The reason we forget is that we don't actively remember.
Does that sound obvious enough? It should. Why do you make a list for the grocery store? Why do you make up an acronym for the three things you need from Walmart (E - eggs, B - baggies, B - bread, E-B-B)? Why do you frantically find the voice record on your iDevice to say something before it slips away and then email that to yourself so that you remember that you recorded it? Or is that just me?
Spiritually, we're great forgetters. If we're successful at one thing spiritually, that's it. But we're in common company. So were the Hebrews. This whole psalm is composed to rehearse the deliverance from Egypt and the resulting consequences - both good and bad - for that rescue. Asaph created the psalm and built in not forgetting into the text (v.7, 11, 42).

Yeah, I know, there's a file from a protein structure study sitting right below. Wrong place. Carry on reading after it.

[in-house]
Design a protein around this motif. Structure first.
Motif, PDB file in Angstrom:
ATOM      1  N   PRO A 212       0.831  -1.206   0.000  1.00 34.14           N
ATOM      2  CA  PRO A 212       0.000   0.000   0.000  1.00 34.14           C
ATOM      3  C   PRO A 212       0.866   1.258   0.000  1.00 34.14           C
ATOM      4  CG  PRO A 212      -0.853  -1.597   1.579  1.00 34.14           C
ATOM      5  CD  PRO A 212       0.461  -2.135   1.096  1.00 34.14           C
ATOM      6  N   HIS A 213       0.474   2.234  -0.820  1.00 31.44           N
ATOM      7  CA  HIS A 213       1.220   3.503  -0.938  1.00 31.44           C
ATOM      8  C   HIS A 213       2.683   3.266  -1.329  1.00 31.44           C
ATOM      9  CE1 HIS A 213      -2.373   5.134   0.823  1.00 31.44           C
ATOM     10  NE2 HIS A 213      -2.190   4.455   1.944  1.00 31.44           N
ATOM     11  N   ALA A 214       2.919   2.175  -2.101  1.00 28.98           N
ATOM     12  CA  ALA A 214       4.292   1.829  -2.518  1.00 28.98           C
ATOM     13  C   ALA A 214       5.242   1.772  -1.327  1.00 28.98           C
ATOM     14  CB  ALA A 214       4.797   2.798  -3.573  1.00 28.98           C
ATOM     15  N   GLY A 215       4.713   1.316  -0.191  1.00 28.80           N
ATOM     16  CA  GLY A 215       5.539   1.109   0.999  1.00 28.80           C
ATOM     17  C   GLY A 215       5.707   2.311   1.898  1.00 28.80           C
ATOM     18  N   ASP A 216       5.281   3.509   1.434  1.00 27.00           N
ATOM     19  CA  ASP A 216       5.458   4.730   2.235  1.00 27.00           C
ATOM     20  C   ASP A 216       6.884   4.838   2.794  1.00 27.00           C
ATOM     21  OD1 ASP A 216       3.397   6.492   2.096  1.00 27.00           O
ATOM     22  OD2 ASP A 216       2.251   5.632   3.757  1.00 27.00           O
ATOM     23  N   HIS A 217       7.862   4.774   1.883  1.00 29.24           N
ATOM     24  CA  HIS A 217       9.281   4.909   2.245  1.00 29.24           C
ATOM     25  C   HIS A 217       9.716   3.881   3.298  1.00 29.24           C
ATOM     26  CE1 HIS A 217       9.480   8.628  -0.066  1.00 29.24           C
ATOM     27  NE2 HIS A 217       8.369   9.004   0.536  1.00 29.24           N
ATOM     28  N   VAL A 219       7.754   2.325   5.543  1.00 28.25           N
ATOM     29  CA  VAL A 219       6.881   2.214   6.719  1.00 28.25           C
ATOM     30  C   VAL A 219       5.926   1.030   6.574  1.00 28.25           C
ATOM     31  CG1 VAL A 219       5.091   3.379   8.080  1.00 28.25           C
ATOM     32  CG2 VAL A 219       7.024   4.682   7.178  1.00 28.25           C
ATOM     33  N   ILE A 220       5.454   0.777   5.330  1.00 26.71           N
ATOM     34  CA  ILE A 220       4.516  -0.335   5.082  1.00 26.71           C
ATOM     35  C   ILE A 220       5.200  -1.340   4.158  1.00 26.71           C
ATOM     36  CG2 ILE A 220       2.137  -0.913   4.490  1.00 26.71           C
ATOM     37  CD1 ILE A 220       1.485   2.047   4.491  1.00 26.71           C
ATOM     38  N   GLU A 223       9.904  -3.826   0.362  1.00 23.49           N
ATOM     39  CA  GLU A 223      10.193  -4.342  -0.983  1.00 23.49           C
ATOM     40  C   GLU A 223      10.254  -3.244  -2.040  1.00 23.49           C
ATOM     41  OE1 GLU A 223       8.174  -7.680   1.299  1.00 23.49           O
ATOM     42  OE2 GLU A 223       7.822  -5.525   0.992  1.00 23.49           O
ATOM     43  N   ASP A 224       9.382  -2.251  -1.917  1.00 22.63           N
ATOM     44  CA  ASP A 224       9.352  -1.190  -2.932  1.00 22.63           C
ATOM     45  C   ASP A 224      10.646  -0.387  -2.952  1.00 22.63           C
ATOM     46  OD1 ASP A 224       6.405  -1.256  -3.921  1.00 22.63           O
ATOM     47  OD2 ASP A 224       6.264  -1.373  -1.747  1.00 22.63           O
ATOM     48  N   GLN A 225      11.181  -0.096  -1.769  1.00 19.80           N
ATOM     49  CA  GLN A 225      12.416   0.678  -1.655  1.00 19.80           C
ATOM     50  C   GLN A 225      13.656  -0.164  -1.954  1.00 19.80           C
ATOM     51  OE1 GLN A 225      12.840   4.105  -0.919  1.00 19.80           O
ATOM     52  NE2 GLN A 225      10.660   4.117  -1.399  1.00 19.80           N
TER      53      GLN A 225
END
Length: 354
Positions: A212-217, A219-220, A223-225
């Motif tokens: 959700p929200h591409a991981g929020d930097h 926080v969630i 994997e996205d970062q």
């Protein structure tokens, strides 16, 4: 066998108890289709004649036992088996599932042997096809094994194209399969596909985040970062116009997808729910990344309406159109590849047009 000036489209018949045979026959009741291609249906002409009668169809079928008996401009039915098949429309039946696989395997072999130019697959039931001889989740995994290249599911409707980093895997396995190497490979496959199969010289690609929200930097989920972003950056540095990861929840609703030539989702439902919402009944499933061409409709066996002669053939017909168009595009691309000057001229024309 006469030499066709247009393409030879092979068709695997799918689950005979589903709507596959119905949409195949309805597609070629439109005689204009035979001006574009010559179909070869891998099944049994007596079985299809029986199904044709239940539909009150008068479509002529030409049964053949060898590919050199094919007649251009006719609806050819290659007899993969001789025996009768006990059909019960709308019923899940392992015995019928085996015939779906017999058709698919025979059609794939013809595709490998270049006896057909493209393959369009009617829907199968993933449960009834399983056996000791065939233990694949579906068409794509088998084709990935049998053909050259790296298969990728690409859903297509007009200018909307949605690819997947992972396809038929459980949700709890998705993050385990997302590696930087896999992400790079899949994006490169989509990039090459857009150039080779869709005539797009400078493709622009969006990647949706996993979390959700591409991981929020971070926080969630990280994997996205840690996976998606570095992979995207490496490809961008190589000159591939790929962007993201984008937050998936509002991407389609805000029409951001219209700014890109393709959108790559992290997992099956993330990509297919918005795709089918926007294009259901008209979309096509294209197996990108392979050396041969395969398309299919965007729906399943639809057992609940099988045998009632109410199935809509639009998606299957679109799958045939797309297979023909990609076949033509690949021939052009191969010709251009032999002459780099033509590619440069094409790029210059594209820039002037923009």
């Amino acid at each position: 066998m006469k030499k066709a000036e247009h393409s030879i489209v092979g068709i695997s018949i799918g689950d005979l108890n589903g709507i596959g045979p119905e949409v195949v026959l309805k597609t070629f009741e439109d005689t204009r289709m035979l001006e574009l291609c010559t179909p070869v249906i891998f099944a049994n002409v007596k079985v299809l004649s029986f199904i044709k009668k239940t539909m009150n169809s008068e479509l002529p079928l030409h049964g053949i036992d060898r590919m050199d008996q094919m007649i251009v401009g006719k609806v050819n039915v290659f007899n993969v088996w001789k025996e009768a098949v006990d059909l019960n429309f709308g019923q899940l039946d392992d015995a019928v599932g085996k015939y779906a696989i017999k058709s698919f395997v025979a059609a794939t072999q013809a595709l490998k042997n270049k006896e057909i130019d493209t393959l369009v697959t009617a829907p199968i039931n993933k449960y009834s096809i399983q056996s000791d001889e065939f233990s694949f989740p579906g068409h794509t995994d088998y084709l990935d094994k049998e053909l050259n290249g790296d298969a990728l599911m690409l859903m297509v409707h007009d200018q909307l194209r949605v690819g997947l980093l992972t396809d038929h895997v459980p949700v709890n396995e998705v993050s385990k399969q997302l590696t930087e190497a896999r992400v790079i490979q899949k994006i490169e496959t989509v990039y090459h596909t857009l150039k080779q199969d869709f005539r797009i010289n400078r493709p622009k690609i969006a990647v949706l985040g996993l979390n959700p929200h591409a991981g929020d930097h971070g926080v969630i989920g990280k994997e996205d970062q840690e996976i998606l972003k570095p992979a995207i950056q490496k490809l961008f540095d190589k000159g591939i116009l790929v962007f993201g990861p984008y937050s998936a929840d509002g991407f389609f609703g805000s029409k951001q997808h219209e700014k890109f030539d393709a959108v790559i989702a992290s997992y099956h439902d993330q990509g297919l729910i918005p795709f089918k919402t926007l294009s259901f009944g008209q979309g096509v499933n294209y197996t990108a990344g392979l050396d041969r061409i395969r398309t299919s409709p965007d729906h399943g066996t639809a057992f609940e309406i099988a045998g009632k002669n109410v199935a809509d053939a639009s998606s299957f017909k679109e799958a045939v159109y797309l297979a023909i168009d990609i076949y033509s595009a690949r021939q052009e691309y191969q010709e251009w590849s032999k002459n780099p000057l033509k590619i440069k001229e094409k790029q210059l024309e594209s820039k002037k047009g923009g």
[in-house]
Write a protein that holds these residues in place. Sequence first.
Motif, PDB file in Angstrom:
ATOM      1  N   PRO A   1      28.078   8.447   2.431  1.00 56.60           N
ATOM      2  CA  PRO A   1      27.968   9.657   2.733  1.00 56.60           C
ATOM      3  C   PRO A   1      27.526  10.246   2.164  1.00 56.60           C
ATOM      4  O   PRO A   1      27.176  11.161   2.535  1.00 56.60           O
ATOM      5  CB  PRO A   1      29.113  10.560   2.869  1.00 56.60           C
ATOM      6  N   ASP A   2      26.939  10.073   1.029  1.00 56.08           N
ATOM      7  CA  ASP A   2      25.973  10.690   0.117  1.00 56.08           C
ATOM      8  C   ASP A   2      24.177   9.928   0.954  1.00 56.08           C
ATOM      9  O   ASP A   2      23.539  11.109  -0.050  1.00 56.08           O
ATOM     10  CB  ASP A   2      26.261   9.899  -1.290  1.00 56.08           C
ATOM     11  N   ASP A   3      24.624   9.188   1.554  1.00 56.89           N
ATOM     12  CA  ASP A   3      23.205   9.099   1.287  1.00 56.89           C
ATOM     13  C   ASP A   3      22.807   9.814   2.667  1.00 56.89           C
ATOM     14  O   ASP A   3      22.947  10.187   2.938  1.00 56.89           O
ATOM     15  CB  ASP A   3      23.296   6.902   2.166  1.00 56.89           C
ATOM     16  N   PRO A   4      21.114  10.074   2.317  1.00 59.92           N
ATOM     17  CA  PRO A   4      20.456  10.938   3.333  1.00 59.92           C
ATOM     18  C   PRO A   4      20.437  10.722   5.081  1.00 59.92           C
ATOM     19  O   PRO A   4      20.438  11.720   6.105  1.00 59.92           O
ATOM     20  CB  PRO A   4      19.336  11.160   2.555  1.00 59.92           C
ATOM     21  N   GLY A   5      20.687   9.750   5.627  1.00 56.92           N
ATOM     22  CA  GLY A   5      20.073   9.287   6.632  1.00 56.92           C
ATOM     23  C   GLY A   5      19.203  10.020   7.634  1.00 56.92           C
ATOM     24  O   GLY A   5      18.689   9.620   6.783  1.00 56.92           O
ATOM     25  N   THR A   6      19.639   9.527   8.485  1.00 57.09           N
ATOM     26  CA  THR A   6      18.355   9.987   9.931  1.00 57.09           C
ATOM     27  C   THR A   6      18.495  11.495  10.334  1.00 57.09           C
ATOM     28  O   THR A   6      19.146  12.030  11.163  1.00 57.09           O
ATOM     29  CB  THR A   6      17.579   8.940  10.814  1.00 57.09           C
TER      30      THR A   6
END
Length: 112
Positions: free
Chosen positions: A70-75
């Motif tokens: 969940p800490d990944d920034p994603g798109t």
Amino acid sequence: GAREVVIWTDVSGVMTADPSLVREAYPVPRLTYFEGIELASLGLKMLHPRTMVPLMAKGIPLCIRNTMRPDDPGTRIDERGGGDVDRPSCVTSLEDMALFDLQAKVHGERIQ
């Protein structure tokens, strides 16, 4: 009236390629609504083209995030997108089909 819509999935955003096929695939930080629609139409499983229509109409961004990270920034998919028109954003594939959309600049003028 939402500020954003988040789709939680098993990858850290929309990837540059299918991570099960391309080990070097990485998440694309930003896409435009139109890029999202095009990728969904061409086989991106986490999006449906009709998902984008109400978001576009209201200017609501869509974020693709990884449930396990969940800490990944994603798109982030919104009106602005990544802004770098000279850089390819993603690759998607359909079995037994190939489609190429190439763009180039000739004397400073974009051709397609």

One of the reasons that the Spirit of God inspired this text is to remind us to rehearse the great things that God has done in our lives so that we don't forget. And more than that, so that we pass on the incredible deeds of God in our generation and the ones gone before us to our kids (v.6-7).
Around dinner tables. At lunch gatherings. During bedtime routines. When an event sparks a memory. And many more than I can mention.
Story-telling is active remembering.